In Proverbs, Solomon writes, “He that hath no rule over his own spirit is like a city that is broken down, without walls.”

Isaiah repeatedly references walls: in chapter 26 (“In that day this song will be sung in the land of Judah: We have a strong city; God makes salvation its walls and ramparts”); chapter 49 (“See, I have engraved you on the palms of my hands; your walls are ever before me”); chapter 54 (“I will make your battlements of rubies, your gates of sparkling jewels, and all your walls of precious stones”); chapter 58 (“Your people will rebuild the ancient ruins and will raise up the age-old foundations; you will be called Repairer of Broken Walls, Restorer of Streets with Dwellings”); chapter 60 (“Foreigners will rebuild your walls, and their kings will serve you” and “you will call your walls Salvation and your gates Praise”); chapter 62 (I have posted watchmen on your walls, Jerusalem; they will never be silent day or night”). Amos says the same: “In that day ‘I will restore David’s fallen shelter – I will repair its broken walls and restore its ruins – an d will rebuild it as it used to be.’” So too says Micah: “The day for building walls will come, the day for extending your boundaries.”

Needless to say, God doesn’t seem particularly perturbed by the idea of walls in the Bible. They’re necessary for defense, and they’re often necessary to draw boundaries between people who live by the Living Word, and people who do not.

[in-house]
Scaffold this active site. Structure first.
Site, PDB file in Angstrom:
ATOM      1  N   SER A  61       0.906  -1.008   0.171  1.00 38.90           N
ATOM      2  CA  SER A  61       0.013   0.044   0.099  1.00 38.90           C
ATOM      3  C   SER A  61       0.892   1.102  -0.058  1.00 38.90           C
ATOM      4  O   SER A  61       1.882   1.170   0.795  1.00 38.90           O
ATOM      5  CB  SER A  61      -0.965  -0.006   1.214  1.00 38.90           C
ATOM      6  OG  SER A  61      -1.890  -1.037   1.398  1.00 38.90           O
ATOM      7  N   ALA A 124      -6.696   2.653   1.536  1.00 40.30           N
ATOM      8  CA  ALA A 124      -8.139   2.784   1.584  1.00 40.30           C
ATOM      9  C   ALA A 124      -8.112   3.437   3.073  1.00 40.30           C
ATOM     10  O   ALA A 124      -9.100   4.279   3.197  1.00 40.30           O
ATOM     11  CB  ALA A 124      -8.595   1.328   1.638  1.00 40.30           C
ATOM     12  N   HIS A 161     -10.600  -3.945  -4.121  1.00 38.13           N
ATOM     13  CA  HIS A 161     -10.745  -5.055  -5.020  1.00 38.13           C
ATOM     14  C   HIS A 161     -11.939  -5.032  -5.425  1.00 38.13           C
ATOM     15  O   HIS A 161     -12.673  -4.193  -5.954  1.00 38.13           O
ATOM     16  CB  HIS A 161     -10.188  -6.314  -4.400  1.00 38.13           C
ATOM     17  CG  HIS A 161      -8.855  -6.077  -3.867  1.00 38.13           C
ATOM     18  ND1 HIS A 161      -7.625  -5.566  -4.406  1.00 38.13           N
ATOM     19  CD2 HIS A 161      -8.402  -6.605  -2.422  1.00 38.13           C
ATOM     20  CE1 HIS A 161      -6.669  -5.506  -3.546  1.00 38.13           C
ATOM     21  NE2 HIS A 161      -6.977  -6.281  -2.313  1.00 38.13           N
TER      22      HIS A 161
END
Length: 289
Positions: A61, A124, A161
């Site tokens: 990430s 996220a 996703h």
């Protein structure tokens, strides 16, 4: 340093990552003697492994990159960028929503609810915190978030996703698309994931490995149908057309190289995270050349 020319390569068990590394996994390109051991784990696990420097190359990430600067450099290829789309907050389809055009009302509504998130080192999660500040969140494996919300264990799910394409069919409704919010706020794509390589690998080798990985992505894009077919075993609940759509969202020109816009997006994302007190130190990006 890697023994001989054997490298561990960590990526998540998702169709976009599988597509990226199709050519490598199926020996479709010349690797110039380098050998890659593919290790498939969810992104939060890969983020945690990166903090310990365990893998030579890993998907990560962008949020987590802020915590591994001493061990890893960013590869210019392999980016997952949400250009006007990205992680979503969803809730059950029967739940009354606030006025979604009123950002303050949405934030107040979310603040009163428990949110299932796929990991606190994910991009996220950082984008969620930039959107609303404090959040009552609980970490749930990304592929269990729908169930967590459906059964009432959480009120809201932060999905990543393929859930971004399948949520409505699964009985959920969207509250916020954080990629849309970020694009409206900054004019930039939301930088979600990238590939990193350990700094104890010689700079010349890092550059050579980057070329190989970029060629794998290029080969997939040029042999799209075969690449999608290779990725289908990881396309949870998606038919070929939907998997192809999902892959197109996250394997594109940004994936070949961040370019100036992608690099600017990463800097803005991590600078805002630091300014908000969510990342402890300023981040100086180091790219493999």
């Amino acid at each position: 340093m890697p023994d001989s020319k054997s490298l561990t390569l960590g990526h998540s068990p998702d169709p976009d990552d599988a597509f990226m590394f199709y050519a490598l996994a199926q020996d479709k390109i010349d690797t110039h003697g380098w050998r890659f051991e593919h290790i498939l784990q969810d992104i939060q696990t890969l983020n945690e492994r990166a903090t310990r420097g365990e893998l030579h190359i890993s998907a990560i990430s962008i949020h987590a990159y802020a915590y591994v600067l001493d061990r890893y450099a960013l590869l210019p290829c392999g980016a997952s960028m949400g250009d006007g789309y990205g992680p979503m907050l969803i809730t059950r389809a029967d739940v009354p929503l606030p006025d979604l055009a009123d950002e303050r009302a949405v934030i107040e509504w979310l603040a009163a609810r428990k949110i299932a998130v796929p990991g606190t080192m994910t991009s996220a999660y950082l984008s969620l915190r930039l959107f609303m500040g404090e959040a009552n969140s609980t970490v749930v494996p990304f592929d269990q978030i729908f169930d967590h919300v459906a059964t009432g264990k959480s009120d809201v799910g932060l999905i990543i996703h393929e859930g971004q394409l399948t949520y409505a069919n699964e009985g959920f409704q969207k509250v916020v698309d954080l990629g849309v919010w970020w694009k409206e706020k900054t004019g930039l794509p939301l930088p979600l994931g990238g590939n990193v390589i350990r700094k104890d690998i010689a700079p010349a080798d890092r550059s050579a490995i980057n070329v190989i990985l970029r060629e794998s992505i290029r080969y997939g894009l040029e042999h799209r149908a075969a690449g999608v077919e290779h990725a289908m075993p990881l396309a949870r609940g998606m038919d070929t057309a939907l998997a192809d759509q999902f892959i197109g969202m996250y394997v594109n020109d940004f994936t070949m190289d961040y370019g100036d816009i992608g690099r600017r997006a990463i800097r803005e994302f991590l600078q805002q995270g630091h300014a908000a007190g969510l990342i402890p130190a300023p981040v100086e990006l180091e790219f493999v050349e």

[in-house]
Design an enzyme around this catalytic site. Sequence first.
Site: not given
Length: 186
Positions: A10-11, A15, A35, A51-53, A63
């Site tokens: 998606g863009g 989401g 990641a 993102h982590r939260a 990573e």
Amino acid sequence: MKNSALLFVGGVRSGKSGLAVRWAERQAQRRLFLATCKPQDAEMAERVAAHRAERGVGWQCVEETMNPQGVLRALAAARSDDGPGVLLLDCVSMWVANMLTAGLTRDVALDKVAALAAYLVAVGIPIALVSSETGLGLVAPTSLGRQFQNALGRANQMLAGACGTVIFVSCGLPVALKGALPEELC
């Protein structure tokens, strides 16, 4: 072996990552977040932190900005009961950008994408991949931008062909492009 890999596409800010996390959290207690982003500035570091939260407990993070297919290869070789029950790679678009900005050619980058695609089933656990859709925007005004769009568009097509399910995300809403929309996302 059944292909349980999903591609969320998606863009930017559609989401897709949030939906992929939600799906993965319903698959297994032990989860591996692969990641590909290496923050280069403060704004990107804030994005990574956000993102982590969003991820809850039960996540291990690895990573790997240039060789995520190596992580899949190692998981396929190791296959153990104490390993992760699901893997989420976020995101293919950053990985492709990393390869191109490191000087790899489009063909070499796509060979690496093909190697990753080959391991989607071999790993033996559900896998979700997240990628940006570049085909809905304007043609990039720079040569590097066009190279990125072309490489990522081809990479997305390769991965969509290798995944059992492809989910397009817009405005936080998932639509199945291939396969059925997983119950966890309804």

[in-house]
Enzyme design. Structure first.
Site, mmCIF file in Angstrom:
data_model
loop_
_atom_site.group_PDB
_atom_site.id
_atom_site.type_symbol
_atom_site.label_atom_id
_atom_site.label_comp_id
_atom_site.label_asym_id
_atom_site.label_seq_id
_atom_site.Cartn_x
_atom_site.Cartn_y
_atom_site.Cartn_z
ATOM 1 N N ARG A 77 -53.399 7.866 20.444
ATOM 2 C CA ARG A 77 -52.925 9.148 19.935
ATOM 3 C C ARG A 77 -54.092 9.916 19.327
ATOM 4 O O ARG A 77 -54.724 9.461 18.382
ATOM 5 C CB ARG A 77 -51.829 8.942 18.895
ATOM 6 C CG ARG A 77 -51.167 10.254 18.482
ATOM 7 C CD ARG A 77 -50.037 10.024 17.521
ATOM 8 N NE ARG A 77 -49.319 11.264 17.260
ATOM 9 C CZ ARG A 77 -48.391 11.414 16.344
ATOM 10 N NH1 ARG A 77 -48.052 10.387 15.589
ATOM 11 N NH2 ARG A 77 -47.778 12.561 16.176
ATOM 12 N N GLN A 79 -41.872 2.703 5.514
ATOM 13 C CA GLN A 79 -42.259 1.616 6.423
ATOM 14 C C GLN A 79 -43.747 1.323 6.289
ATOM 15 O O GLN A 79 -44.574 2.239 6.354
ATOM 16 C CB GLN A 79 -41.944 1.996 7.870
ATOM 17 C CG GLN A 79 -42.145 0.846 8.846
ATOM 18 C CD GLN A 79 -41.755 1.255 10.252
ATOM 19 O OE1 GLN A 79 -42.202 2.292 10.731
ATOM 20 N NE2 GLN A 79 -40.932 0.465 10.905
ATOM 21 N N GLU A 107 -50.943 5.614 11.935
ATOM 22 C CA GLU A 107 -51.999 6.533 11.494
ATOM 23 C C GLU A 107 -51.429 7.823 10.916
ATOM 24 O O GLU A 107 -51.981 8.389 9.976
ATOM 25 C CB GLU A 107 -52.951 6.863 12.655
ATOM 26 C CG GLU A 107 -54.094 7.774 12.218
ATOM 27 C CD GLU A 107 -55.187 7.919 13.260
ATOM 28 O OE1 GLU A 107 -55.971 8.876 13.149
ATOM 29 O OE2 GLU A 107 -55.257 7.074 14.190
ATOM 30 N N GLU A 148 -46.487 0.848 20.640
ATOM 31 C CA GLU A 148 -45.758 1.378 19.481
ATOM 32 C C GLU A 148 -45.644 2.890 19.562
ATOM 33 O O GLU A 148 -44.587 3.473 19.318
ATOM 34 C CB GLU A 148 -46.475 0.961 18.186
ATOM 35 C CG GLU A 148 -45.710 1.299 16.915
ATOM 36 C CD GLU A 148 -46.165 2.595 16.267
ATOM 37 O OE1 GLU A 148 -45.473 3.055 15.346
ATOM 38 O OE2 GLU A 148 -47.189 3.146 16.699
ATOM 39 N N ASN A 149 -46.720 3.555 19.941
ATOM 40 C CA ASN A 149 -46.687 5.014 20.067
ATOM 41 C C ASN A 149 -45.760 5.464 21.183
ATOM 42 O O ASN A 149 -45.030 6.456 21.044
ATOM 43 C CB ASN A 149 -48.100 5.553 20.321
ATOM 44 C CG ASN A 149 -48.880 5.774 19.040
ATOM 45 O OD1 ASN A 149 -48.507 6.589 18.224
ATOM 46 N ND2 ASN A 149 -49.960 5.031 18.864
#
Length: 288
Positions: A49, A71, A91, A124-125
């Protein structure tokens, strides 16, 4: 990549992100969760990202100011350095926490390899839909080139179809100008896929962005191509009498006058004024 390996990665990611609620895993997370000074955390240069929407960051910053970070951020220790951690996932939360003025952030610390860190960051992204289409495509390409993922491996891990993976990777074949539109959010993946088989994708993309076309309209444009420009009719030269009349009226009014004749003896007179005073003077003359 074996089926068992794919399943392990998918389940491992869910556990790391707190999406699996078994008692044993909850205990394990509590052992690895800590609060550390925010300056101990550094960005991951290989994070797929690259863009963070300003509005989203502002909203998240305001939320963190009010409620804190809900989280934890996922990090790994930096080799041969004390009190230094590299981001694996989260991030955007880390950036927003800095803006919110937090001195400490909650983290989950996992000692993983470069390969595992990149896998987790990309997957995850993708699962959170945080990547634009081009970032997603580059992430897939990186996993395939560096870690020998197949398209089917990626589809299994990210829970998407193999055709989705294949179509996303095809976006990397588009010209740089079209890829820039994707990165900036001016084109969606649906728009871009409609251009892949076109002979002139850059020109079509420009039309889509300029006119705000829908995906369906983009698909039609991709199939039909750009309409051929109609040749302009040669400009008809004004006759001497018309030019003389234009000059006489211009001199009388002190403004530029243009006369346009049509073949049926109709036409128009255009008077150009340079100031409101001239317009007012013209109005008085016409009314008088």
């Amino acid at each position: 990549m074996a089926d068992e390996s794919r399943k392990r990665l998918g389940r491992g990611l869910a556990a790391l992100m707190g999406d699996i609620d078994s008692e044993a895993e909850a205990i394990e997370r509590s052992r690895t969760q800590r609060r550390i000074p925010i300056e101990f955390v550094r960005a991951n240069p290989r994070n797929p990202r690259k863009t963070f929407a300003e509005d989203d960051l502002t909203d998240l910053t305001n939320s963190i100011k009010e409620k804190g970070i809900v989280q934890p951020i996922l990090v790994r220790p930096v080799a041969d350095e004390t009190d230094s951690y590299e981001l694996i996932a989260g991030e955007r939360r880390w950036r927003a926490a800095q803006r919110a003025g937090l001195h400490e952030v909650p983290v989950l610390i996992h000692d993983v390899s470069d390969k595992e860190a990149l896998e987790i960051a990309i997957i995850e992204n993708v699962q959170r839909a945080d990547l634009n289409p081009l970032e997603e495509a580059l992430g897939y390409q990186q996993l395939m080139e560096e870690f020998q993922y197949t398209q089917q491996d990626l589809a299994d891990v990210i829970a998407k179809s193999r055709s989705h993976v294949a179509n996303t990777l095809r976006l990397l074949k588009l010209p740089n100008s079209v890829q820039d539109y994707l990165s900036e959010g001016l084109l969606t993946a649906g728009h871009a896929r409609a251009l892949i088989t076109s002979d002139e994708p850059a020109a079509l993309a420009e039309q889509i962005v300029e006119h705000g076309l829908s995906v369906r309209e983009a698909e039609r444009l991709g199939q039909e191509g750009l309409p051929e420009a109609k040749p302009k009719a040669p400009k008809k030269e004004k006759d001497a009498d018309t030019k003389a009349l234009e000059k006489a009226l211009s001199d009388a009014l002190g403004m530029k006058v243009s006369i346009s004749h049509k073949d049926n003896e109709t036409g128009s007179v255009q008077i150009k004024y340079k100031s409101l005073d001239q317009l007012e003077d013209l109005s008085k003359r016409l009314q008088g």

Suffice it to say, the Pope’s Biblical exegesis here seems rather weak.
LOL Read the description of the New Jerusalem...Look at those walls! Is God not 'Christian'?
 
Loyal
But some walls do need to come down. Consider Jericho! Perhaps we should let God build the walls as needed and let God tear them down as needed.
 
Administrator
Staff Member
In this day and age with terrorists in our homeland here in USA and globally for that matter, with influx of illegal immigrants it is more necessary to build proper walls for security than ever before. Every nation has it's right to defend itself and secure it's borders. There's nothing hateful or "racist" about that at all. Just like you might secure your home with fence, alarm system, and perhaps guns in case of intruders.
 
Active